Dir. by Peter Maris - 1 hr. 27 min.
Title Sequence (I guess even YouTube has it's limits)
by Clayton Hollifield
If you ever wondered what would happen if you jammed "The Road Warrior," an educational film against rape, and "Return of the Jedi" together, and then filmed the resulting script on a budget of zero dollars, here's the answer. And don't be fooled by that "unrated" status either. Unless you get off on swearing or a cast costumed at a leather sex shop clearance sale, there's not much to warrant that rating here. No, we're in no-budget, blockbuster knock-off film hell, and we're in it together.
To make an hour-and-a-half story short, some sort of worldwide war has thrown the world into chaos. Everyone rides custom motorcycles and dresses like Demolition, and spends their time raping and looting. In the midst of this hellscape, a capital-s Survivor named Harmony (Deborah Rennard) comes across an injured man, Anderson (Garrick Dowhen). She's skeptical, but they end up travelling together, largely on the promise of a utopia that he doesn't quite know where it is, but swears he can find. As it turns out, Anderson was booted from the Raiders (the bad guys who run things, not the football team, although it holds up as an NFL analogy as well) for trying to make them less rapey and looty, which means that they eventually get caught and have to bust out of the Raiders' stronghold. This is where the Star Wars nonsense comes in: Anderson and Harmony succeed based on help from some short, hooded figures from the desert (that would be Jawas, if my memory serves).
So you've got a film that roughly (very roughly) approximates the look of the two highly successful "Mad Max" movies (up to that point - and I like to forget about the third one anyways), but is stripped of any of the oil industry criticism, or any point. The action is brutal, in the sense that it's so bad that it took me out of the story repeatedly (see the scene where Harmony bashes a would-be rapist in the head with a rock. Or perhaps I should say that in the absence of a gimmicked rock, she gently touches him in the head with a real one, and gently touches the ground near his head over and over again, with lethal results). The actors point guns at each other, but they rarely visibly fire. It would have improved things immeasurably if the actors had just made "pew pew" noises instead of relying on realistic sound effects. The explosions are real, but not really connected to the action (watch the edits).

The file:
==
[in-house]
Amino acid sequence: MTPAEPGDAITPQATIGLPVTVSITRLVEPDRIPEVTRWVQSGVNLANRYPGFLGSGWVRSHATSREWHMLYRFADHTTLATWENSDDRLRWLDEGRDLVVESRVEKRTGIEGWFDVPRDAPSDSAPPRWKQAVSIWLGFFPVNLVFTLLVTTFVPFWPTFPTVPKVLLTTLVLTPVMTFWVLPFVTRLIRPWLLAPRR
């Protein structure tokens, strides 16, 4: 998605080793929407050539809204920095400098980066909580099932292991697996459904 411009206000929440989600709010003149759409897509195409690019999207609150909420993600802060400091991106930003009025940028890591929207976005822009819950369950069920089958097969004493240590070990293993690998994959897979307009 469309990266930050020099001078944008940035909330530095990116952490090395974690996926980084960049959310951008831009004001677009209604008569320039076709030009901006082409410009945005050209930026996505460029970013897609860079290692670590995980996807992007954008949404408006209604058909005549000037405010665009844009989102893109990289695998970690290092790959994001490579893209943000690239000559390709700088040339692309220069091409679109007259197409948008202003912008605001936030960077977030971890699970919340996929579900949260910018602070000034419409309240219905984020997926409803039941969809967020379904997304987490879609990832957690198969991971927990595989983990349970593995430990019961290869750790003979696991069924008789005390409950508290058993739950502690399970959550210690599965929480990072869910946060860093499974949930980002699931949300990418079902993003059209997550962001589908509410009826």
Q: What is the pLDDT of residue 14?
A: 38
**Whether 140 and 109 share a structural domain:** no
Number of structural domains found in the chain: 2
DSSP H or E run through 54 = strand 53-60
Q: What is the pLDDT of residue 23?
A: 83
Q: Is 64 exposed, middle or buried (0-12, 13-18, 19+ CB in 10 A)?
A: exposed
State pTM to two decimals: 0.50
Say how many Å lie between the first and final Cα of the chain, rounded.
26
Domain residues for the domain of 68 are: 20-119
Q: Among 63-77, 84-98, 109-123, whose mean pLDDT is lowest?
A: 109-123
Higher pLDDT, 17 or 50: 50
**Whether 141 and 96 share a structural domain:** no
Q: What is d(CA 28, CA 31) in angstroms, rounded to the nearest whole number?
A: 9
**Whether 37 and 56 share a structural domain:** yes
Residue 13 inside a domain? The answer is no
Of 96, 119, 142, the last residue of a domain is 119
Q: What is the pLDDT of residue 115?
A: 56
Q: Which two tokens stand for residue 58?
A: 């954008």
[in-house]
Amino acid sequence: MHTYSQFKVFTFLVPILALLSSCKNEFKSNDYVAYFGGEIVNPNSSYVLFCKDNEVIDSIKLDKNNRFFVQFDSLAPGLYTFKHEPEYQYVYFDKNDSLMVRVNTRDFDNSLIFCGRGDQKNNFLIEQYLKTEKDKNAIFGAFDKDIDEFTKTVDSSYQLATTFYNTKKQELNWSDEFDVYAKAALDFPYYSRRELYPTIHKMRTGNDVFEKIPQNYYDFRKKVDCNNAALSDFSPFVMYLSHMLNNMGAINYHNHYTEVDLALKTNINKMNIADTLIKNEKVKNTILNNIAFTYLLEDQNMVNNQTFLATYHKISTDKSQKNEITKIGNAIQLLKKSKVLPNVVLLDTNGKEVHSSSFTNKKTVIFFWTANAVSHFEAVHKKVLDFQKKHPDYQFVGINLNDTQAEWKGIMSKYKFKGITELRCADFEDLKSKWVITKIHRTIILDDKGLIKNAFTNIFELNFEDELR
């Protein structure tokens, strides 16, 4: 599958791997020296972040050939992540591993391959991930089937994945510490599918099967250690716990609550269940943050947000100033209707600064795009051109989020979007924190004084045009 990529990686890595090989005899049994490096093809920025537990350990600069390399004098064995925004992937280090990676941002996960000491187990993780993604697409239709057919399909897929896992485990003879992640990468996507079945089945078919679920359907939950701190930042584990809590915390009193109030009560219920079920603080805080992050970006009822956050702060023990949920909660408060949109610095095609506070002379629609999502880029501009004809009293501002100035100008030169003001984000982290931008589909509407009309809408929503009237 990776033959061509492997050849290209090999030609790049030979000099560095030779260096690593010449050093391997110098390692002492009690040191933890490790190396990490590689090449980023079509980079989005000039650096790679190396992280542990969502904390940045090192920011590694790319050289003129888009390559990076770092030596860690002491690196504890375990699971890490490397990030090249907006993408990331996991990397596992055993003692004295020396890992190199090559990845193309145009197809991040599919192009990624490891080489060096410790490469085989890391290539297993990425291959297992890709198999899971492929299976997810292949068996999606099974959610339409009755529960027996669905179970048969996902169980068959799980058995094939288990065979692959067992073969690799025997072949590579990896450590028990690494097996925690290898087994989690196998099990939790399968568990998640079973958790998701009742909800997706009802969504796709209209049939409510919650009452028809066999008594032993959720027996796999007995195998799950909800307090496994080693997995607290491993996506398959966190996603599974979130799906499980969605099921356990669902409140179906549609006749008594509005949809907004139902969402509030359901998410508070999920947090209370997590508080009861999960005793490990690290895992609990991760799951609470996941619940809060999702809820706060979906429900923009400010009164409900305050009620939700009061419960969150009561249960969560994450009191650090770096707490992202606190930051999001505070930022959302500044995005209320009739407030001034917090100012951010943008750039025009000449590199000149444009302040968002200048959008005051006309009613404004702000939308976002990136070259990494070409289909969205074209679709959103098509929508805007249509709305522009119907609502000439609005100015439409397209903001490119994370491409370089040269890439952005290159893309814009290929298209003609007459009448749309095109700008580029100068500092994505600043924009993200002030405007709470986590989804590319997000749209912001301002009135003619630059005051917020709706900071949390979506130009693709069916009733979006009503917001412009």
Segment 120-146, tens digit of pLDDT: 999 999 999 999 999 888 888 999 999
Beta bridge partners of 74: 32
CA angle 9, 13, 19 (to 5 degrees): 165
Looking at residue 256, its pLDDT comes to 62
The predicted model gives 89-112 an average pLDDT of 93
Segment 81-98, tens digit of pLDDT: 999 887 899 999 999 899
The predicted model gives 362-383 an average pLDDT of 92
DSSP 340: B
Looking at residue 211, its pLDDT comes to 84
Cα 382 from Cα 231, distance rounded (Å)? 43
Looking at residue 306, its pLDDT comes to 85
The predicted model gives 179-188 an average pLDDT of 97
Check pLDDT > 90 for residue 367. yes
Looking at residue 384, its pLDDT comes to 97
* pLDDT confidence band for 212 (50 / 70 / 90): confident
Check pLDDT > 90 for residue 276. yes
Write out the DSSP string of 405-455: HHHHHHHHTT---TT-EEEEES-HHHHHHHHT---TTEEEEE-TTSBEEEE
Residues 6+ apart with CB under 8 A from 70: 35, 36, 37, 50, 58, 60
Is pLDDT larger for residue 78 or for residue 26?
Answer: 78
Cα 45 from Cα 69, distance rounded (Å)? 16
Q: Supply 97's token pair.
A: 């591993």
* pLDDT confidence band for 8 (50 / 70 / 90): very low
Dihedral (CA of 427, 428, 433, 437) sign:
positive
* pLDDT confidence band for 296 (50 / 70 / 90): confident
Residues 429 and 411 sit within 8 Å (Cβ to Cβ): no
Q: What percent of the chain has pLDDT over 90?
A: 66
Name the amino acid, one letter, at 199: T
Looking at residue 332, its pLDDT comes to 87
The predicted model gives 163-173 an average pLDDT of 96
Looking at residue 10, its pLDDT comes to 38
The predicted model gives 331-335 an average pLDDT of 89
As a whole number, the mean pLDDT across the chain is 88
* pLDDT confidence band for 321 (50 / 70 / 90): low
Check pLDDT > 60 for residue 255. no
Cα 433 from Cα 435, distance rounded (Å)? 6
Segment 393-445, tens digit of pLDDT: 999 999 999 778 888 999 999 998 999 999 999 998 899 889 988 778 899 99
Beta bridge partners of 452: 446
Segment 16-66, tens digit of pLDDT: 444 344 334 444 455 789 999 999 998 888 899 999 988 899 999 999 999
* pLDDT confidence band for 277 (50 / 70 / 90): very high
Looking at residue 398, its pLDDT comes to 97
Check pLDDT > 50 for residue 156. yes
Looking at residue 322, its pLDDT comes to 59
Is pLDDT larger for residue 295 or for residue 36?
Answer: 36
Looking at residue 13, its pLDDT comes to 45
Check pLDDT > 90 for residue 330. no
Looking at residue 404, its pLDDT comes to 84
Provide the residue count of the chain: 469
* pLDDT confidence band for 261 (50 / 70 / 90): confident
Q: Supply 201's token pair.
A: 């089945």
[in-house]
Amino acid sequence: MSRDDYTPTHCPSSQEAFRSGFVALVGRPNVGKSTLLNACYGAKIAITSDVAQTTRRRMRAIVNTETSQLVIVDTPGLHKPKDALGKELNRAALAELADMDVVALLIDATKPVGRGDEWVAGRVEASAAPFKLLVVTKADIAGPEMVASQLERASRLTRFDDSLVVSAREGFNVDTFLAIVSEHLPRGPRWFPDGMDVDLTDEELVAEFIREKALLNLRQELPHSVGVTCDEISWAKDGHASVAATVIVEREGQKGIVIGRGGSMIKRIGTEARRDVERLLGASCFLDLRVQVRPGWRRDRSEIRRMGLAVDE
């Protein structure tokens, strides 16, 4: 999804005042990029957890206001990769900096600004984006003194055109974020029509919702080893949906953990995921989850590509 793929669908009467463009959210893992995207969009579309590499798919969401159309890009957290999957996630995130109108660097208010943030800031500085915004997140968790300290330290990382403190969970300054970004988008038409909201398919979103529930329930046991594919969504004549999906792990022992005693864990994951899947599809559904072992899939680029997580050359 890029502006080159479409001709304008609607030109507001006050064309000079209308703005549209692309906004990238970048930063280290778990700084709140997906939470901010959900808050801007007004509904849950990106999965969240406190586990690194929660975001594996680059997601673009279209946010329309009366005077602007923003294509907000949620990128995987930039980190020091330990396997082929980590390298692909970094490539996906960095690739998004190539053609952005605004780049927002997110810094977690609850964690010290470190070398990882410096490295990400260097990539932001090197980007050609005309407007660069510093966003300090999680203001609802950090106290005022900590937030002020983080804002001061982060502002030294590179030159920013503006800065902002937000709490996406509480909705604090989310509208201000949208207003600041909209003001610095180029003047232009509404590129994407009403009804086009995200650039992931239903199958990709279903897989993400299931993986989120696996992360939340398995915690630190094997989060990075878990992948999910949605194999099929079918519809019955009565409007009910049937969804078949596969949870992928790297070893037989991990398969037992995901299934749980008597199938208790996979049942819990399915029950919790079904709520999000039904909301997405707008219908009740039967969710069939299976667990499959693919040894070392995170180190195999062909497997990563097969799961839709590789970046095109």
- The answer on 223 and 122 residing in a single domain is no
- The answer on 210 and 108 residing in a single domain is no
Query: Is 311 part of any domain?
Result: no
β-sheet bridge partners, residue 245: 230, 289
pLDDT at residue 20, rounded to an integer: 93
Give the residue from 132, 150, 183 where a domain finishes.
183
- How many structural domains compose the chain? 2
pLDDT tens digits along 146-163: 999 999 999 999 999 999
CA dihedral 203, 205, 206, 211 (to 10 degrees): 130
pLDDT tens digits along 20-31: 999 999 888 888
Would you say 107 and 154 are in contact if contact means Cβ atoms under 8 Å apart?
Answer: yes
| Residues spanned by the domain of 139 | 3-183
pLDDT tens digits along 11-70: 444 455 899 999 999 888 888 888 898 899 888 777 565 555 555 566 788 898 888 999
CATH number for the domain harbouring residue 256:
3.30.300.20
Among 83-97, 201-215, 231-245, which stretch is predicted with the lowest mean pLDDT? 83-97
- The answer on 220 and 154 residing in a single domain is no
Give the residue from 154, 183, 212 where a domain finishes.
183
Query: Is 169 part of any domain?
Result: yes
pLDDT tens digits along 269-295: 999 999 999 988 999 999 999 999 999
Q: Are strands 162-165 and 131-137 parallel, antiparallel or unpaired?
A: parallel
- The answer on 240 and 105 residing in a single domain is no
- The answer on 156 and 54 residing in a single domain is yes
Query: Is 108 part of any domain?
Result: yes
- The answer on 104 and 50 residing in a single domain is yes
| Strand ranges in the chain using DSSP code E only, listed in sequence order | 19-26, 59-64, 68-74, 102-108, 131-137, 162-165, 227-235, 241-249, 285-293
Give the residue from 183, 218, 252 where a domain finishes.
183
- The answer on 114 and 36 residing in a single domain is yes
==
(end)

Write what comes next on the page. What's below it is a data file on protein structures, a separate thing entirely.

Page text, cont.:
I'm of two minds about movies like this. There's a certain amount of amusement in the fact that someone thought this was going to be awesome, and the crew made this film to the best of their abilities, and we still have the results that we have. There's no shame in failure if it's the result of honest effort, and it certainly feels like that. At the same time, it's just not a good movie. And to some degree, laughing at people who actually made a (bad) movie feels shitty. It's cringe-worthy, like watching a sporting event where someone who clearly doesn't belong on the field ends up on the field. You know that something awful is about to happen, and the fact that no one's going to step in and stop it from happening just makes it worse. Watching "Land of Doom" makes me part of the group of people who didn't do anything to prevent the carnage from taking place.
1 / 5 - NF Streaming